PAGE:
SOTA is a sodium-glucose linked cotransporter (SGLT)-1 in the GI tract and SGLT2 in the kidney. Compared to selective SGLT2 inhibitors, SOTA has the potential to retain glycemic-lowering efficacy in patients with renal insufficiency. In a 52-week, Phase 3 study, SOTA 200 and 400 mg QD, were evaluated in adults with T2D (HbA1C 7-11%) and Stage 3 CKD (eGFR ≥30-60 mL/min/1.73m2) to demonstrate statistical superiority vs. placebo (PBO) in reducing HbA1C at Week 26. Prespecified sequential testing of HbA1C reduction with SOTA 400 mg vs. PBO in the full CKD population was followed by Stage 3A and Stage 3B cohorts before testing SOTA 200 mg. ANCOVA models with retrieved dropouts and/or washout imputation methods were used for primary and prespecified secondary endpoints. In the full population (N=787), the least squares mean (LSM) difference between SOTA 400 mg and PBO for the change in HbA1C at Week 26 was −0.23% (p=0.002). In the CKD 3A (n=394) and CKD 3B cohorts (n=393), LSM differences for SOTA 400 mg vs. PBO were −0.31% (p=0.004) and −0.15% (p=0.158); respectively. SOTA 200 mg did not significantly reduce HbA1C in any cohort vs. PBO. In an exploratory analyses, PBO-corrected reductions in the urinary albumin-to-creatinine ratio were −38% (p<0.001) with SOTA 400 mg and −31% (p=0.001) with SOTA 200 mg. The expected “dip” in eGFR (3-4 mL/min/1.73 m2) with SOTA initiation was observed and trended back towards baseline. The rate of adverse events through 52 weeks was generally low. In the SOTA 400 mg, SOTA 200 mg, and PBO groups, genital mycotic infections (1.9%, 1.5%, and 0.8%), volume depletion (3.8%, 3.4%, and 1.5%), and diarrhea (8.5%, 6.7%, and 4.2%) were reported. Hypoglycemia ≤54 mg/dL was lower with SOTA 400 mg (5.4%) vs. PBO (10.8%). To conclude, statistically and clinically significant metabolic and renal effects of SOTA 400 mg were observed at 26 weeks in patients with T2D and Stage 3CKD. Long-term effects are being assessed in clinical outcomes trials.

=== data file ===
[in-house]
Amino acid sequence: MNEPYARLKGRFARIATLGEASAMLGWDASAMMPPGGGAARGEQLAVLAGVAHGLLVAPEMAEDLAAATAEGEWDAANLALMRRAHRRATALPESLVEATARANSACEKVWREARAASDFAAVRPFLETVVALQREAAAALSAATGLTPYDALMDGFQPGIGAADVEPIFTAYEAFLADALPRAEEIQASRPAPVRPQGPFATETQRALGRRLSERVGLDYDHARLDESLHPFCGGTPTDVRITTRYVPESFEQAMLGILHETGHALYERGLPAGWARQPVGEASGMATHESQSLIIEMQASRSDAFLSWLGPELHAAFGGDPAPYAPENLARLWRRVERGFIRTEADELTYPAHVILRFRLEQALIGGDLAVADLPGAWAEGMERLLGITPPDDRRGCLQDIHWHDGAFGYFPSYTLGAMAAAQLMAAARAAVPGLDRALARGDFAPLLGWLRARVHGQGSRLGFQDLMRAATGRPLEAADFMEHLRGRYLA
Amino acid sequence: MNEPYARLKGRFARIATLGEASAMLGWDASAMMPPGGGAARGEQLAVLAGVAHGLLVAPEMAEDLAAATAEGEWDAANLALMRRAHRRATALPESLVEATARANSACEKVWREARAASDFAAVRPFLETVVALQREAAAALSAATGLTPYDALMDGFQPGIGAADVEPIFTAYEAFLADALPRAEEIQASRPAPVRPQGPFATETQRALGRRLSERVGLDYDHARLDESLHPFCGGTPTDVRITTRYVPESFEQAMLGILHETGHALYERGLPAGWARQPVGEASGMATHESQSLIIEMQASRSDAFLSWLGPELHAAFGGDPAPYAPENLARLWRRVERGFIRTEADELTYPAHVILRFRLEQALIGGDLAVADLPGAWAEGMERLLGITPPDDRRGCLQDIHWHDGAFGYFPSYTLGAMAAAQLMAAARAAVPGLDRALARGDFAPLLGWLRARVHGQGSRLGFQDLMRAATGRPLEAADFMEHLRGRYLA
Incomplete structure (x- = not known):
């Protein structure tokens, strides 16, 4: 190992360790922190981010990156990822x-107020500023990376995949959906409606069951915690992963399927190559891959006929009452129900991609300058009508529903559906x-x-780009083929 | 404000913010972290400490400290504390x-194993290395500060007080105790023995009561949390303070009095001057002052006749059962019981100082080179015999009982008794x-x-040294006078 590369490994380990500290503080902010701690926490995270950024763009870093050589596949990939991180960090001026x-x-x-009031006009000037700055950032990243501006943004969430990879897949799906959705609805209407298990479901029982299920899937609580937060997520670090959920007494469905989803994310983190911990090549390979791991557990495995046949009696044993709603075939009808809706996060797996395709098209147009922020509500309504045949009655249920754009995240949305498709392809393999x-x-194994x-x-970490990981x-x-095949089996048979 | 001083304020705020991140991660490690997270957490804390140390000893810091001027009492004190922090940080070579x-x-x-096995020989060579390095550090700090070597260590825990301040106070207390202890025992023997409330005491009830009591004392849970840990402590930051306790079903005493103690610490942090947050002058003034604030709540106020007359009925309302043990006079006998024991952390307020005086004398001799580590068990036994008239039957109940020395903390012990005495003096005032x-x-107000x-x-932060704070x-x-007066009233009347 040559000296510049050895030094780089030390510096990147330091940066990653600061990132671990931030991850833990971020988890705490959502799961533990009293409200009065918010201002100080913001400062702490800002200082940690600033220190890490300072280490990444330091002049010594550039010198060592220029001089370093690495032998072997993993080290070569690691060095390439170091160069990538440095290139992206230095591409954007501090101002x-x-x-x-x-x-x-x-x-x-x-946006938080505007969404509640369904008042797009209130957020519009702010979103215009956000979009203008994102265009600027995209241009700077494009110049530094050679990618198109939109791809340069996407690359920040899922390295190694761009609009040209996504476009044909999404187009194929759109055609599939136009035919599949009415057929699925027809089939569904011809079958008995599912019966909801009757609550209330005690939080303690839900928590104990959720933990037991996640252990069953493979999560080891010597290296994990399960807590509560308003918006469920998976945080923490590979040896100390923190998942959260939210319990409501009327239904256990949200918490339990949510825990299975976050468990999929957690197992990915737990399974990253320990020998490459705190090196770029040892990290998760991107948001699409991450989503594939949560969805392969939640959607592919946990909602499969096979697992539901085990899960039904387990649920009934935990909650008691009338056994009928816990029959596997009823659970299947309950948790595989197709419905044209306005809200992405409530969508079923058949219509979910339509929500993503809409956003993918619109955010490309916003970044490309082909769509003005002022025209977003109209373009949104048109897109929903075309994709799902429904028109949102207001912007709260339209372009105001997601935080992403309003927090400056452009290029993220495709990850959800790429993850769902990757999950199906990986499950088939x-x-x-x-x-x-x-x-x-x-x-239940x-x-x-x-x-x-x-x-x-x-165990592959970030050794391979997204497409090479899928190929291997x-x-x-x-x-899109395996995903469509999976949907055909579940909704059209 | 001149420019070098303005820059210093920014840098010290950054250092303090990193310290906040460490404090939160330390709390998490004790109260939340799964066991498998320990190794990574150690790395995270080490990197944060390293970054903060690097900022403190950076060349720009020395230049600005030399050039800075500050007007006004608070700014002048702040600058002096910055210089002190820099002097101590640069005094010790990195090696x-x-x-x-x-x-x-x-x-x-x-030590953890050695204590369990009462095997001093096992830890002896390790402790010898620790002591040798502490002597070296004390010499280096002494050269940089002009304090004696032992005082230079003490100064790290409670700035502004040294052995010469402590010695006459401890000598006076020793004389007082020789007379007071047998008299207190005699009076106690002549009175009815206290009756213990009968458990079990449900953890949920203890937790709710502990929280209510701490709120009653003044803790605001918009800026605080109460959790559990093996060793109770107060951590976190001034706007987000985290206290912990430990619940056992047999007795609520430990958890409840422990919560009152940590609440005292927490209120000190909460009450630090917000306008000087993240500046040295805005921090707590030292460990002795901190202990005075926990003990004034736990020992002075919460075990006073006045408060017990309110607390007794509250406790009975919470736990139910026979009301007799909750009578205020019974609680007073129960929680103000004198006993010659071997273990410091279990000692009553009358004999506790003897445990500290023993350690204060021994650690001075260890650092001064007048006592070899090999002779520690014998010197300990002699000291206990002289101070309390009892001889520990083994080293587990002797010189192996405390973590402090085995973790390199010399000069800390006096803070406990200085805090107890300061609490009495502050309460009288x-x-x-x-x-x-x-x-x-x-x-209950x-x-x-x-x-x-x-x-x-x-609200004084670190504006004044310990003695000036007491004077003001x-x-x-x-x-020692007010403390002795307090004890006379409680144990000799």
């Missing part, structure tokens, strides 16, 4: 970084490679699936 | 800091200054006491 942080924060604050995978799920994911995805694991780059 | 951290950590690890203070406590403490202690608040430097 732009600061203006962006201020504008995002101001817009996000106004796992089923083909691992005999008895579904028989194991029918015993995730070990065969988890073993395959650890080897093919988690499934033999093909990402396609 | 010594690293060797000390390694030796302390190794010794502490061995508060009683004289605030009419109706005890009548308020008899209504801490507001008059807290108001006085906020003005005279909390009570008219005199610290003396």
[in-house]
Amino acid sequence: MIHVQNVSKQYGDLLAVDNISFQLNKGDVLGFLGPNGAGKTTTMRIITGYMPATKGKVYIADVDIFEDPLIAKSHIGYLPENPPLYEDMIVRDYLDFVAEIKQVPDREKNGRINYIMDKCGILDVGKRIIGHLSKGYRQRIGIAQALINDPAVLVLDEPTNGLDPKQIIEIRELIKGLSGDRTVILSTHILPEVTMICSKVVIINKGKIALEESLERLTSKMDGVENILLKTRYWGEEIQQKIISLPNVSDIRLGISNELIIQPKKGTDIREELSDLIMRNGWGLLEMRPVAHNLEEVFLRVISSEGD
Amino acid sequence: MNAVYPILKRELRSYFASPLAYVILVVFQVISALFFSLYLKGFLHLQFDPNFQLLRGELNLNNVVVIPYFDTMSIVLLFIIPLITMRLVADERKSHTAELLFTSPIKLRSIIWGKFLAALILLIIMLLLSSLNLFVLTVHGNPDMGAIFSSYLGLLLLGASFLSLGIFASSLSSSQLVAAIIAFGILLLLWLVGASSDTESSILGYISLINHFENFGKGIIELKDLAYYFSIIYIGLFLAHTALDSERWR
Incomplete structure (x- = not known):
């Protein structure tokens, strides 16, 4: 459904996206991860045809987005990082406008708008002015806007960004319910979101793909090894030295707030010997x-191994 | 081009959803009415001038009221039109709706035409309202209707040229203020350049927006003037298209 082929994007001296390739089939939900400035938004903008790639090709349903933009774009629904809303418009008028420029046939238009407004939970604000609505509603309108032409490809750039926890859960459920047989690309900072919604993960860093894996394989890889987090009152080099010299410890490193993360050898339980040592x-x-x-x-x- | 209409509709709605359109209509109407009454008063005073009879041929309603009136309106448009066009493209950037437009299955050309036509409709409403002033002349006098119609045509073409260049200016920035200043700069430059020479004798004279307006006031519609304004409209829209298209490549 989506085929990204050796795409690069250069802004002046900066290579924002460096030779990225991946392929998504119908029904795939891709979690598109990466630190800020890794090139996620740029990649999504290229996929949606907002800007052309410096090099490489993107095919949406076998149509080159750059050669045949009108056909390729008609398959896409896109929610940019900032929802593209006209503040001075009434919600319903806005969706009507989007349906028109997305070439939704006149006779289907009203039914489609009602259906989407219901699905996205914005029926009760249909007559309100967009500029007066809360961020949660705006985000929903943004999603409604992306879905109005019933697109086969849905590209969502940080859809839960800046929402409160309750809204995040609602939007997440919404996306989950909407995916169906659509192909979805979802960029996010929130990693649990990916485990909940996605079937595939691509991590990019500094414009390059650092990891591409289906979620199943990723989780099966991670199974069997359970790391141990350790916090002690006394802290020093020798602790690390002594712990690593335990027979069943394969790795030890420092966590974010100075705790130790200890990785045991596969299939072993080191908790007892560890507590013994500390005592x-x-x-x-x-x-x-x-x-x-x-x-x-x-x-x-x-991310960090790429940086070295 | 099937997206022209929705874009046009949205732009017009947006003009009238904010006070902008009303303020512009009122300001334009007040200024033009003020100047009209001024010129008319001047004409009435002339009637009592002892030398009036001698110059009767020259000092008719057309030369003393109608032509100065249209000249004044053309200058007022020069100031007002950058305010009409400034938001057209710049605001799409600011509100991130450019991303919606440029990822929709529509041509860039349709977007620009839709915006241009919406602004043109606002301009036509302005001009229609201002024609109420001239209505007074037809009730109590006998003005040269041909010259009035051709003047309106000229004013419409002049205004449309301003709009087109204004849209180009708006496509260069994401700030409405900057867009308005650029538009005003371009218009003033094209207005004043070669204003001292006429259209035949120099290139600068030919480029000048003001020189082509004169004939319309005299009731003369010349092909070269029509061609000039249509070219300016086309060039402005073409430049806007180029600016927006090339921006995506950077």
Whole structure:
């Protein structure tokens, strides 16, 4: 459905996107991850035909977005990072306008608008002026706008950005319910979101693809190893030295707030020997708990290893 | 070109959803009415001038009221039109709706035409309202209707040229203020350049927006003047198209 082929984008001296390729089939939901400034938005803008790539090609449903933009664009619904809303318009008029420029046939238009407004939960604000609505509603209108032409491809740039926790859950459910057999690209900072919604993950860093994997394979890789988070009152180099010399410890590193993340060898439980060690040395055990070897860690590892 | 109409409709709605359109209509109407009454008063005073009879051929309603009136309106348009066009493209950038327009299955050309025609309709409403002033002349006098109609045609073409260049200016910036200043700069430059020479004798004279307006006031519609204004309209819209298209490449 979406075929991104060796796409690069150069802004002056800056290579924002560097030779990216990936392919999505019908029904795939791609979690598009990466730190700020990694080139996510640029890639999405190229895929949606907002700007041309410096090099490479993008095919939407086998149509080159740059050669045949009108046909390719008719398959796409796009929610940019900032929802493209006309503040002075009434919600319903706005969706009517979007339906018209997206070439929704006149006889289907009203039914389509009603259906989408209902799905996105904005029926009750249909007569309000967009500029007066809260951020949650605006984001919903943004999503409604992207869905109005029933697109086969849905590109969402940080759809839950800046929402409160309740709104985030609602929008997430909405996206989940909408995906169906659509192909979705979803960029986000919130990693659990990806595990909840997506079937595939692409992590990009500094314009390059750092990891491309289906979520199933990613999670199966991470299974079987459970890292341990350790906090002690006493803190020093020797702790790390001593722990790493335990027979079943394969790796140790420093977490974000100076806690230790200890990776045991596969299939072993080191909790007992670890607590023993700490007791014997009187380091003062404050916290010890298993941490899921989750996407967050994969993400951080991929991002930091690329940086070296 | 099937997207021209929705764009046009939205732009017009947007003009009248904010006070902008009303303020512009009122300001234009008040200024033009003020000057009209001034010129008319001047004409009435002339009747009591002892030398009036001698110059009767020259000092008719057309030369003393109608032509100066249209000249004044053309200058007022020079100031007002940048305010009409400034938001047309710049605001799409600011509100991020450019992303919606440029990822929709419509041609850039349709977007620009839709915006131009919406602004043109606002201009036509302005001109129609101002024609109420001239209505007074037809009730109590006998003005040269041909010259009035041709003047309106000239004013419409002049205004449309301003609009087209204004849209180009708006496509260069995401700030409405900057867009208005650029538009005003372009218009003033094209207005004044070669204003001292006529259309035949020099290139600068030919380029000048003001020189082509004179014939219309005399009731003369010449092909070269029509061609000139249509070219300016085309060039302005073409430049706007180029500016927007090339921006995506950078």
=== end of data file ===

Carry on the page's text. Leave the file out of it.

D. Cherney: Research Support; Self; Boehringer Ingelheim-Lilly, Merck, Janssen, Sanofi, AstraZeneca and Novo-Nordisk. Other Relationship; Self; from Boehringer Ingelheim-Lilly, Merck, AstraZeneca, Sanofi, Mitsubishi-Tanabe, Abbvie, Janssen, Bayer, Prometic, BMS and Novo-Nordisk. E. Ferrannini: Consultant; Self; Boehringer Ingelheim International GmbH, Eli Lilly and Company, Oramed Pharmaceuticals. Research Support; Self; AstraZeneca, Janssen Pharmaceuticals, Inc. G.E. Umpierrez: None. A.L. Peters: Advisory Panel; Self; Abbott, Bigfoot Biomedical, Boehringer Ingelheim Pharmaceuticals, Inc., Eli Lilly and Company, MannKind Corporation, Medscape, Novo Nordisk Inc., Sanofi US. Consultant; Self; Livongo Health. Research Support; Self; Dexcom, Inc., vTv Therapeutics. Other Relationship; Self; Livongo Health, Mellitus Health, Omada Health, Stability Healthcare, Whole Biome Inc. J. Rosenstock: Research Support; Self; AstraZeneca, Bristol-Myers Squibb, Genentech, Inc., GlaxoSmithKline plc., Lexicon Pharmaceuticals, Inc., Oramed Pharmaceuticals, PegBio Co., Ltd., Pfizer Inc., REMD Biotherapeutics. Other Relationship; Self; Applied Therapeutics, Boehringer Ingelheim Pharmaceuticals, Inc., Eli Lilly and Company, Intarcia Therapeutics, Janssen Pharmaceuticals, Inc., Novo Nordisk Inc., Sanofi. A.K. Carroll: Employee; Self; Lexicon Pharmaceuticals, Inc. Stock/Shareholder; Self; Lexicon Pharmaceuticals, Inc. S. Sawhney: None. P.L. Banks: Employee; Self; Lexicon Pharmaceuticals, Inc. W. Jiang: Employee; Self; Lexicon Pharmaceuticals, Inc. Stock/Shareholder; Self; Lexicon Pharmaceuticals, Inc. P. Lapuerta: Employee; Self; Lexicon Pharmaceuticals, Inc. Stock/Shareholder; Self; Lexicon Pharmaceuticals, Inc.